Each Wednesday, The Wrap
presents a compilation of recent noteworthy commercial real estate stories from
a variety of publications. Below are five stories that caught our eyes in
Development Projected to Reach Four-Year High” by Carisa Chappell of
Analysts are projecting that 2013 will bring the largest
wave of new apartment supply in several years, Chappell reports.
This year will be the first since 2009 that the number of
new apartment units added will be at a historic-average level, according to
estimates from CoStar. CoStar is projecting 140,000 units will be delivered in
Some markets could see higher vacancy rates as they become
saturated with new units, Chappell reports.
Rent growth remains moderate in some areas as income growth
is slow and renters are finding housing more affordable, Chappell notes.
Employers Choosing ‘Open’ Offices” by Victor Epstein via USA Today.
Some of the nation’s largest employers are spending billions
to transform workplaces into “open offices,” Epstein reports.
Use of open-office design — a style that ditches traditional
corner offices and cubicles for collaborative workspaces — is growing at a
double-digit pace, experts say.
Open offices leverage today’s cordless technology for
communal workspaces. Cubicle walls are lowered, and private offices are
relocated away from windows, Epstein reports.
The green-building movement also has played a role in the
new designs as natural light is utilized more, Epstein notes.
“It’s about building the environment that we need to attract
and retain today’s knowledge workers,” said Ralph Eucher, who is spearheading
the renovation of Principal Financial Group’s offices in Iowa.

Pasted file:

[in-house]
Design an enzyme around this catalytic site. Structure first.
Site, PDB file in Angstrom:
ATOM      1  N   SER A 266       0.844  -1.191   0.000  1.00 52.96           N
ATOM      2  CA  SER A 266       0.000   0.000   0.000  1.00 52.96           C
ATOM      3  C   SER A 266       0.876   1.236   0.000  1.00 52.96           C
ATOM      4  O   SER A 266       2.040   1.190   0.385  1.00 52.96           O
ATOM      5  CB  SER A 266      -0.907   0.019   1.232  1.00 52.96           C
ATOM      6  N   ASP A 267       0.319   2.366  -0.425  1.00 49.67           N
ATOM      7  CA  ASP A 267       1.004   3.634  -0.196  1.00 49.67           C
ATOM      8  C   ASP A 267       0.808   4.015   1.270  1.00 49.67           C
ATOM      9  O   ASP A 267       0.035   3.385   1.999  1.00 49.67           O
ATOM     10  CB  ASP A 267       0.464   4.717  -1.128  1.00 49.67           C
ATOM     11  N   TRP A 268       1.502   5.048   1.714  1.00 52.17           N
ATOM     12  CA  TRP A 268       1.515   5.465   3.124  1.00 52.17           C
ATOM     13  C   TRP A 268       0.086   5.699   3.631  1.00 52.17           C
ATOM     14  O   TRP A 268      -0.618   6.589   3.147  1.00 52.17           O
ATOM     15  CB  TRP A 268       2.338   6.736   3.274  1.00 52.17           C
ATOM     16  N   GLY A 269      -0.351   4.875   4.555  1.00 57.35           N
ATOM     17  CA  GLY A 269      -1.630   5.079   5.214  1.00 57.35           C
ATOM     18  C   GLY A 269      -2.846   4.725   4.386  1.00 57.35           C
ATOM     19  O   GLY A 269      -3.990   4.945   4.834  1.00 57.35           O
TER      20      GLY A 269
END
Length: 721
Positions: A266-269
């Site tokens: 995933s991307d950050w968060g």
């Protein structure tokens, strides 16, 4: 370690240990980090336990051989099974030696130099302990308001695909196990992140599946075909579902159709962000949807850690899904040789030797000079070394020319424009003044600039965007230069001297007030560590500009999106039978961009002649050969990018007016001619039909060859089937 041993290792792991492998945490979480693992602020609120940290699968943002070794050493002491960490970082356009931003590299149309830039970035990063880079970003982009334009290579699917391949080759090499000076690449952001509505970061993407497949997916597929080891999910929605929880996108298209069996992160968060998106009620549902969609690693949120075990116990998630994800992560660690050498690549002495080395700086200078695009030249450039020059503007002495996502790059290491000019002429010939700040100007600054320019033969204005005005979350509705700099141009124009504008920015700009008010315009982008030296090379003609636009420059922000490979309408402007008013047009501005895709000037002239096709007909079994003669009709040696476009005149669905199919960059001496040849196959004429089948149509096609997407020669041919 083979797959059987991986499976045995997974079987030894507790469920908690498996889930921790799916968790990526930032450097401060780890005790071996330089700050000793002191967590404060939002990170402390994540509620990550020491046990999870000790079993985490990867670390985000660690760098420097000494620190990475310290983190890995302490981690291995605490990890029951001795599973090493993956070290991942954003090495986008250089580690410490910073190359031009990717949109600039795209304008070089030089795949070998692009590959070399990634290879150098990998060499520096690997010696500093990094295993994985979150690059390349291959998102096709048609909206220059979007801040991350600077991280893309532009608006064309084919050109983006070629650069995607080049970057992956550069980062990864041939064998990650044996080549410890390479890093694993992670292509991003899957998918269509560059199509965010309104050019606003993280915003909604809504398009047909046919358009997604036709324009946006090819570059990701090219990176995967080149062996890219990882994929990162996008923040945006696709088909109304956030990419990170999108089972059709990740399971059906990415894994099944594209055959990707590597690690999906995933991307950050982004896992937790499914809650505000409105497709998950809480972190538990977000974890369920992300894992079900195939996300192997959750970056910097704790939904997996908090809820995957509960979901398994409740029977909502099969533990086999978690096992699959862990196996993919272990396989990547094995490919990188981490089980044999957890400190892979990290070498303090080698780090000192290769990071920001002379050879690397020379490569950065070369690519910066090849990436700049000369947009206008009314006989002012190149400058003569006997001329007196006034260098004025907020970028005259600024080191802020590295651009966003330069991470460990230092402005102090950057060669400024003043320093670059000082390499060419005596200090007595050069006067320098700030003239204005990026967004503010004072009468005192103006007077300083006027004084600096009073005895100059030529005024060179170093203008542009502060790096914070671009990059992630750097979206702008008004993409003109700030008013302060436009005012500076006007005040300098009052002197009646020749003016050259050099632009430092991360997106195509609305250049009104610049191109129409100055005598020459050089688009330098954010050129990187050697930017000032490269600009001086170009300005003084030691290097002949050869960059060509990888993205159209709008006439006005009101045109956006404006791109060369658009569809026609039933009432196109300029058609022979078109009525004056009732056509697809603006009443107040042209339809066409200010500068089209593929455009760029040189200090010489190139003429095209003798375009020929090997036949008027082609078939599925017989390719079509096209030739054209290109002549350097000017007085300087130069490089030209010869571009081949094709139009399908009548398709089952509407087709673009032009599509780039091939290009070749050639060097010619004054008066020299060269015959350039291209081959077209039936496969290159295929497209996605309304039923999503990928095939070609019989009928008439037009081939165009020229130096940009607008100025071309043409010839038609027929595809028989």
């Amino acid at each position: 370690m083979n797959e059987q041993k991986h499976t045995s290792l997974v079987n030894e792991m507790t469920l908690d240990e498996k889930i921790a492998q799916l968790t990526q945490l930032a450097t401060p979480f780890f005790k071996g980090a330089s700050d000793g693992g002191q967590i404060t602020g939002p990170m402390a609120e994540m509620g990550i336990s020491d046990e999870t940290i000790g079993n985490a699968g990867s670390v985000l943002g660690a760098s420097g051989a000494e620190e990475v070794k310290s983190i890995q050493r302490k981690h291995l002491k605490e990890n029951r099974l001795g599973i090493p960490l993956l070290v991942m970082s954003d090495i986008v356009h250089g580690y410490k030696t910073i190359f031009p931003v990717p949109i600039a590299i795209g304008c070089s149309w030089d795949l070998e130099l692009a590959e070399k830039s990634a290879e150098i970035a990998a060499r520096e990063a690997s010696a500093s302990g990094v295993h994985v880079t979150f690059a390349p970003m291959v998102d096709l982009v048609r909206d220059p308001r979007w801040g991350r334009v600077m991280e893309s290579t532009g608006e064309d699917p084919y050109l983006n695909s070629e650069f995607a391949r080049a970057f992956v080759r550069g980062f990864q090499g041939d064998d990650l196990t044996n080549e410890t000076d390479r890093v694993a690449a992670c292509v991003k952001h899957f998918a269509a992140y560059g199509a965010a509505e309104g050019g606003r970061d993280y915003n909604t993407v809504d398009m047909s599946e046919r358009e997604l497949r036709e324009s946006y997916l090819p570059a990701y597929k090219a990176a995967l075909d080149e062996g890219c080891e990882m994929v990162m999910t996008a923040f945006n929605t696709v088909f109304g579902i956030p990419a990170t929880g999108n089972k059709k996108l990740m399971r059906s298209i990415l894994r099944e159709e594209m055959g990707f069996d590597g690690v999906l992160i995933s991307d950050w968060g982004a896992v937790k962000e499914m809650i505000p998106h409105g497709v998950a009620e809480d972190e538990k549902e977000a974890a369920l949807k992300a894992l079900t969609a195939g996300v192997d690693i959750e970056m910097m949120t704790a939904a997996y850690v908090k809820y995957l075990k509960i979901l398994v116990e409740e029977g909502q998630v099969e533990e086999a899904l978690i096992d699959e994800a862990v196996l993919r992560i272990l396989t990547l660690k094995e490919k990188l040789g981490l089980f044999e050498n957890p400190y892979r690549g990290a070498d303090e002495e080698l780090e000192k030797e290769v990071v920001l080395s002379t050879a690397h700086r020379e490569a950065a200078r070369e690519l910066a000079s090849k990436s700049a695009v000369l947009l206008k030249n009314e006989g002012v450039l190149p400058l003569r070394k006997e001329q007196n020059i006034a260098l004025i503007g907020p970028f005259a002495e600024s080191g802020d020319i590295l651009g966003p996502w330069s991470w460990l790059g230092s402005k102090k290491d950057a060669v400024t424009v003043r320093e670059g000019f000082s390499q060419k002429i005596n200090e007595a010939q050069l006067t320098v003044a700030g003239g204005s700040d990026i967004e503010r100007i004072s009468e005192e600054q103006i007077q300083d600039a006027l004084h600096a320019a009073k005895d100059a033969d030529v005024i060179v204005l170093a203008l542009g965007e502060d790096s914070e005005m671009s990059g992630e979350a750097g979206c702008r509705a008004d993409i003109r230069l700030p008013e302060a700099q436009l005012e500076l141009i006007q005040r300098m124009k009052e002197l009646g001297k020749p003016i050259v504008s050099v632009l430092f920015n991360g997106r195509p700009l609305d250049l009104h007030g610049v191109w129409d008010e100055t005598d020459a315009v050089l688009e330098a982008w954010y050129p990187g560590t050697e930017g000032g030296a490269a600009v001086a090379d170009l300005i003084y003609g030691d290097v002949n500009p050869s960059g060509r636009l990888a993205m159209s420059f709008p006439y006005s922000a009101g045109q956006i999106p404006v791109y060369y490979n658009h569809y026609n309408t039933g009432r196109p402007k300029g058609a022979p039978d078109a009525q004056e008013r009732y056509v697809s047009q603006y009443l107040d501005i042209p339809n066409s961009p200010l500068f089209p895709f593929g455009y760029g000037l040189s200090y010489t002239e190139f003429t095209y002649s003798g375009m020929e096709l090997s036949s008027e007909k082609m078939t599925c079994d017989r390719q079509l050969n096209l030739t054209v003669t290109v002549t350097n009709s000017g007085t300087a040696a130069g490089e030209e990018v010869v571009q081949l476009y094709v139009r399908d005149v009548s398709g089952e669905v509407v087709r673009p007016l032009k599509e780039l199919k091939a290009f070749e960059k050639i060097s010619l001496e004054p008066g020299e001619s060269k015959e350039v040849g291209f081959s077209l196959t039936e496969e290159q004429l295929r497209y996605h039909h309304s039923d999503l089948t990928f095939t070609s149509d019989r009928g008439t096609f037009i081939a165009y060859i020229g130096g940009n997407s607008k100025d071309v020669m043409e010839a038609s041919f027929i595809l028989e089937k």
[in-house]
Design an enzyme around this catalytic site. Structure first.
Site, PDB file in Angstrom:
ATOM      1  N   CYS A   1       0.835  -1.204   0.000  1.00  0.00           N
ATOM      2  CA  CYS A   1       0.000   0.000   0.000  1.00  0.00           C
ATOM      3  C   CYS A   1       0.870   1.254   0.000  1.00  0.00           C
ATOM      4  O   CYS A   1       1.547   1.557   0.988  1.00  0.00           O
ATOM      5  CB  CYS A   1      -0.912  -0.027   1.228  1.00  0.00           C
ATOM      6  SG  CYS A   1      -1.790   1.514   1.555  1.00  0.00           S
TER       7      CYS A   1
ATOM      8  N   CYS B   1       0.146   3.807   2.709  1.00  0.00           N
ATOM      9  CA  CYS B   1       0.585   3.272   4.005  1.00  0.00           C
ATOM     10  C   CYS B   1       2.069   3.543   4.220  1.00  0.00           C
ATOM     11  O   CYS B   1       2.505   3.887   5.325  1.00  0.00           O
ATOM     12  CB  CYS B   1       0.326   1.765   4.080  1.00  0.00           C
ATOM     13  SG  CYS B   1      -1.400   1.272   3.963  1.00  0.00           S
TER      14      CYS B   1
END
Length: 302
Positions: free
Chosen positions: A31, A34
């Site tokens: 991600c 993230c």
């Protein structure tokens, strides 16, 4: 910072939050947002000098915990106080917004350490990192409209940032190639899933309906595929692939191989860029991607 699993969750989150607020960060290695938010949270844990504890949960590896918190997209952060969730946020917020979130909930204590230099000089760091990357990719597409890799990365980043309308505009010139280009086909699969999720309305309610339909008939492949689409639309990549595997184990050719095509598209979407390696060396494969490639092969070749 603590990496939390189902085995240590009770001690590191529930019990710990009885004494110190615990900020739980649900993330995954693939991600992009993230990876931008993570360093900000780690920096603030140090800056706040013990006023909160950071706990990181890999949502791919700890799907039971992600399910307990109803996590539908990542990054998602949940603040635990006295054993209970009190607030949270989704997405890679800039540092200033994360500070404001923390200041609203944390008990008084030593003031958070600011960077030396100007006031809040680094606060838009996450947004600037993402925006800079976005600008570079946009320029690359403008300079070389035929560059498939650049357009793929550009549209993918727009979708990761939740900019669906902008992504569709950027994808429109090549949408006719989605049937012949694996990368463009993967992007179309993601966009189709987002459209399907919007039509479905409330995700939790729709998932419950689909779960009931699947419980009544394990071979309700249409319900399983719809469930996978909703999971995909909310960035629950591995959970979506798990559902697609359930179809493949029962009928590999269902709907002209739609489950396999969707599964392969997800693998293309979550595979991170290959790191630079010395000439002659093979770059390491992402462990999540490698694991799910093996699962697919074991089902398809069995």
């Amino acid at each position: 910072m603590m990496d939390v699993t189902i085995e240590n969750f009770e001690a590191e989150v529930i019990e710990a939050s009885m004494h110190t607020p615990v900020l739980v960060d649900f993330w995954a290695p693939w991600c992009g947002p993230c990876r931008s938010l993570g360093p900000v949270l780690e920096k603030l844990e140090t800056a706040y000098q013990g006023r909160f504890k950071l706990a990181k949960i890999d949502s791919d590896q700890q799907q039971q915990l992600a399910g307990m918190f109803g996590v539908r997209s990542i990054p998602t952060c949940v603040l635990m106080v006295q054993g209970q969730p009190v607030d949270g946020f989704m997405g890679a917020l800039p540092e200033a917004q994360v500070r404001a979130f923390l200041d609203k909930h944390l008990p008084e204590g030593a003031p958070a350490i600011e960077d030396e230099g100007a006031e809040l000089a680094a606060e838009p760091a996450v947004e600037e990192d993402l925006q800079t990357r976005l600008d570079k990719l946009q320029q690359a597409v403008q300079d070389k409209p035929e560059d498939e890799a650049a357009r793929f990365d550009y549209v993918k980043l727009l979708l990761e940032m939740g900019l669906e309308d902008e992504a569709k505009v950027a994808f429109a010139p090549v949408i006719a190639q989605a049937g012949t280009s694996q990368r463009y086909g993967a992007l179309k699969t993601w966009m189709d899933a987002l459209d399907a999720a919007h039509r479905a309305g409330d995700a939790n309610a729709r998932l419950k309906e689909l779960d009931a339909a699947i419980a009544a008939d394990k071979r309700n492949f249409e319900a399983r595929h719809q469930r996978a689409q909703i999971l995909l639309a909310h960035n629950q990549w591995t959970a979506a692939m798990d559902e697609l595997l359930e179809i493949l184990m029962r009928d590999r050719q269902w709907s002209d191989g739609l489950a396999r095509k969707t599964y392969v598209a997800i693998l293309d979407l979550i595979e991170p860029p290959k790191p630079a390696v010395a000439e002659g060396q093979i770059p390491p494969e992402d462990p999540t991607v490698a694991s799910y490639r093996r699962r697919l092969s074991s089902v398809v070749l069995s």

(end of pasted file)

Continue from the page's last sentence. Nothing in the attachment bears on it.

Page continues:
For-Sale Markets Buck Odds, Rise Together” by Bendix Anderson for National
Real Estate Investor.
Traditionally, apartments and for-sale housing markets
directly compete with each other, but today rental demand and housing sales are
rising at the same time, according to Walter Maloney of the National
Association of Realtors.
During the past few years, growth in the number of households
lagged as many adults were living in shared dwellings. But now more people are
deciding to live alone, formulating new households and creating demand for both
rentals and for-sale housing, Anderson notes.
Because housing inventory has been low for so long, both
rental units and for-sale houses are in short supply, Anderson reports.
Mall REITs Face Limited Growth Opportunities in 2013” by Elaine Misonzhnik
of Retail Traffic.
Conditions in the regional mall REIT sector will remain
about the same in 2013, with few opportunities for acquisitions or development
of new properties, according to sector analysts.
The good news is that occupancies and tenant sales should
remain strong and rents are expected to rise, Misonzhnik reports. At the end of
the fourth quarter, the national vacancy rate for regional malls was only 8.6
percent, according to Reis, while asking rents only rose 1 percent in 2012.
This means regional mall REITs should be able to raise rents
as more retailers expand, according to investor Todd Sullivan.
Some regional malls may be able to grow this year through
redevelopment and expansion of existing centers, Rich Moore, a REIT analyst
with RBC Markets, told Misonzhnik.
In this clip, REIT.com’s Carisa Chappell sits down with Brad
Case, NAREIT’s senior vice president for research and industry information, to
examine the REIT market.
Case discusses REIT performance during February, the
increased investor confidence in the healthcare and mortgage sectors, and
concern over the influence of federal budget cuts on the REIT market.